Song Review: Garth Brooks, “That’s What Cowboys Do”

We’ll see how long this lasts on YouTube…

It seems a little awkward to put this track on an album called Fun, but as a wise man once said, “life ain’t always beautiful.”

With millions of albums sold and several shelves full of awards, Garth Brooks seems to be challenging his last unconquered opponent: Time itself (aka Eddy Arnold). Despite being on the backside of fifty and in his fifth decade on the mainstream country scene, Brooks continues to pack stadiums and release singles that are at least semi-viable commercially (his latest, a cover of “Shallow” from A Star Is Born that featured Brooks’s wife Trisha Yearwood, reached the low twenties on Billboard’s airplay chart, and probably could have gotten farther if it hadn’t gotten a quick hook). Despite being known for rock-infused sounds and high-flying theatrics, Brooks could always sing the heck out of a more-traditional country tune when he needed to, and that’s what we get on his latest release “That’s What Cowboys Do,” a song that does a really nice job capturing the highs, lows, and ultimately melancholy existence of a drifting wanderer. Despite being an old man in a young man’s town, Brooks shows here that he’s still got a thing or two he could teach some of Nashville’s newer acts.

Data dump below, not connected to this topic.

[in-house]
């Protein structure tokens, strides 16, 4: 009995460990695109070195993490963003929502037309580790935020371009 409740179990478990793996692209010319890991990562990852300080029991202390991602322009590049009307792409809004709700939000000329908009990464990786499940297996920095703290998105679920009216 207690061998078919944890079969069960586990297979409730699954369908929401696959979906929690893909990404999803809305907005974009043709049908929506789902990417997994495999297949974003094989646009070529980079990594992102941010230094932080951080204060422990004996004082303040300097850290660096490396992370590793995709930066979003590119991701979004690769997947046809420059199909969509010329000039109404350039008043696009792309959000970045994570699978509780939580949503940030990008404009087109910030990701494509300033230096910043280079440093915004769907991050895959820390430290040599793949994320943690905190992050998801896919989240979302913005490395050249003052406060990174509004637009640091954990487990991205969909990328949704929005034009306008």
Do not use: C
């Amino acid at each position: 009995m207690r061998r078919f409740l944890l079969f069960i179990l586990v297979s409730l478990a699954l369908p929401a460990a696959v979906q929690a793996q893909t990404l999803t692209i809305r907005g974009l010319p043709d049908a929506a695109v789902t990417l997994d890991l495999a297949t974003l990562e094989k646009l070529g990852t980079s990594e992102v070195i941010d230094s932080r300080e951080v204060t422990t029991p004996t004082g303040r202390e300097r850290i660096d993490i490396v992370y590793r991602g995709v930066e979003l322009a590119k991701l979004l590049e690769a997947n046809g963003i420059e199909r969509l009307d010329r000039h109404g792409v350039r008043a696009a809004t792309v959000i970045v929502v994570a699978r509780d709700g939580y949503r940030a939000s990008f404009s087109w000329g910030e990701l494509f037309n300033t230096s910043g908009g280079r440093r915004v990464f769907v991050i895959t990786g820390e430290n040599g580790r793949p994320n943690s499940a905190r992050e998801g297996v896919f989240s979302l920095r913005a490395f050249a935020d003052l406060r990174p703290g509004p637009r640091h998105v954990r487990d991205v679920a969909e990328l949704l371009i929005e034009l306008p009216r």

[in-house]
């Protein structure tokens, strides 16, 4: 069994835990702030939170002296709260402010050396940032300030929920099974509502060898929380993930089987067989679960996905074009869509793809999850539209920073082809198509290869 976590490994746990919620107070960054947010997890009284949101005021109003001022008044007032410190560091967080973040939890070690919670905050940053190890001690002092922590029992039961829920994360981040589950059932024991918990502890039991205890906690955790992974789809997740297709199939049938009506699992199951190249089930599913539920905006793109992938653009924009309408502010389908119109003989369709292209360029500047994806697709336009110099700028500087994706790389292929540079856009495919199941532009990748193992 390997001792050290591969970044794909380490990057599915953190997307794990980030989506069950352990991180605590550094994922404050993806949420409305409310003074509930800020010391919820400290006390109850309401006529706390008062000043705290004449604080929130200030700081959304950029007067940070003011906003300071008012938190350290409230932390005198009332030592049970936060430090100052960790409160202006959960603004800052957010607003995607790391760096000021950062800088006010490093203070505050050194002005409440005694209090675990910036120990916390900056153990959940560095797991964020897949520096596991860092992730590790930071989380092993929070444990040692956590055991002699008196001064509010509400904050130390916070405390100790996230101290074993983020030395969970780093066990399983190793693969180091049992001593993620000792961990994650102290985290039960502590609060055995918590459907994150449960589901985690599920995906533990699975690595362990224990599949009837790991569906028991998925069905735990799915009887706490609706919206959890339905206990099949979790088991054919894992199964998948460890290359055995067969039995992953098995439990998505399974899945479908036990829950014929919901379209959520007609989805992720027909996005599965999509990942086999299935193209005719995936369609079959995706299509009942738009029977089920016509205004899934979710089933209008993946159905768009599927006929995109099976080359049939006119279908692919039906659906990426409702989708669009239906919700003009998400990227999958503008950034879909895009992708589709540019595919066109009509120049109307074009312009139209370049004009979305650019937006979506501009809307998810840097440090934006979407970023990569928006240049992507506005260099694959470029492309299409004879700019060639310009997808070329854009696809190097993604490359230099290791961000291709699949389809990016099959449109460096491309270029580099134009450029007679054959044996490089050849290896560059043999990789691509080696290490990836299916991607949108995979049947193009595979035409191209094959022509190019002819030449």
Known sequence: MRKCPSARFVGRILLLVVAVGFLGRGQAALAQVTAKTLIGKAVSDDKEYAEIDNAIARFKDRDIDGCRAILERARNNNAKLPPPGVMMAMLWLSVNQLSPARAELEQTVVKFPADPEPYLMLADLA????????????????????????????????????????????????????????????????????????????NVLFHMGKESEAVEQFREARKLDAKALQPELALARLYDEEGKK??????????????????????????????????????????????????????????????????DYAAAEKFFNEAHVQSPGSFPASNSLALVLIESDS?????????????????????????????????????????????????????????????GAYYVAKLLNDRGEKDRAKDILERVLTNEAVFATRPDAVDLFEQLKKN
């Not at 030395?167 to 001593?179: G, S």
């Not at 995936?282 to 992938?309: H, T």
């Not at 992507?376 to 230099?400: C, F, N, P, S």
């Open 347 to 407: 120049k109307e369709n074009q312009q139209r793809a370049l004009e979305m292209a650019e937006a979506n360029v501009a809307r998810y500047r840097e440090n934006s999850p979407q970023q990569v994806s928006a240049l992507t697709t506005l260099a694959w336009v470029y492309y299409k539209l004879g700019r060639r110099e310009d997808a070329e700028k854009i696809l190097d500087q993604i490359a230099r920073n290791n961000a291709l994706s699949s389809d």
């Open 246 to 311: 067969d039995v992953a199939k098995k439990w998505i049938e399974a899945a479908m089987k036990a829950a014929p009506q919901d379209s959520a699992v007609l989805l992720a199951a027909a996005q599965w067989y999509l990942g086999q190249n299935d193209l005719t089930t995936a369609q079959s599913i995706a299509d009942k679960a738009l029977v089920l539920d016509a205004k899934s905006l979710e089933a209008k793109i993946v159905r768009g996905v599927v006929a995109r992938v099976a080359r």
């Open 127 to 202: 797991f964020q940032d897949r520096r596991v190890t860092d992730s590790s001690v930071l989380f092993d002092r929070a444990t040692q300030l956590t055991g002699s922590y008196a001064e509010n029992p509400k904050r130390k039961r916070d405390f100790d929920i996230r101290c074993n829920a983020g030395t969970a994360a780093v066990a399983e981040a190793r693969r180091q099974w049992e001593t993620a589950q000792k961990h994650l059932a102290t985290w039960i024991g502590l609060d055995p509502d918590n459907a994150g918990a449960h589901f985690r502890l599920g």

The production here is probably the closest we’ve come to a 90s-era neotraditionalist mix since Dierks Bentley’s parody band, and it does a nice job providing proper support for the subject matter. Much like Super Smash Bros. Ultimate, everyone is here: The fiddle, the steel guitar, the guitars, the real drums, the classic piano (there’s no banjo or harmonica, but let’s not get greedy here). Each of these pieces gets plenty of screen time, and despite the many moving parts, each one maintains their individual texture and sounds disinct (i.e., they don’t run together and create an indistinguishable wall of noise). From an atmospheric perspective, the instrument tones feel strangely contradictory: They’re bright, but there’s a mournful twinge to them as well, and the frequent minor chords only add to the mix’s sense of unease. However, this looming darkness fits the song well: The narrator finds their cowboy duties forever coming into conflict with their heart’s desire, and the sound really drives home the image of a burdened wanderer unhappily setting their feelings aside when duty calls. (This arrangement also passes the context test: If you’re going to sing about being a cowboy, you’d better have some classical instruments in your wagon.) Overall, this is a well-executed mix that helps the song make the point that being a cowboy isn’t always sunshine and rainbows.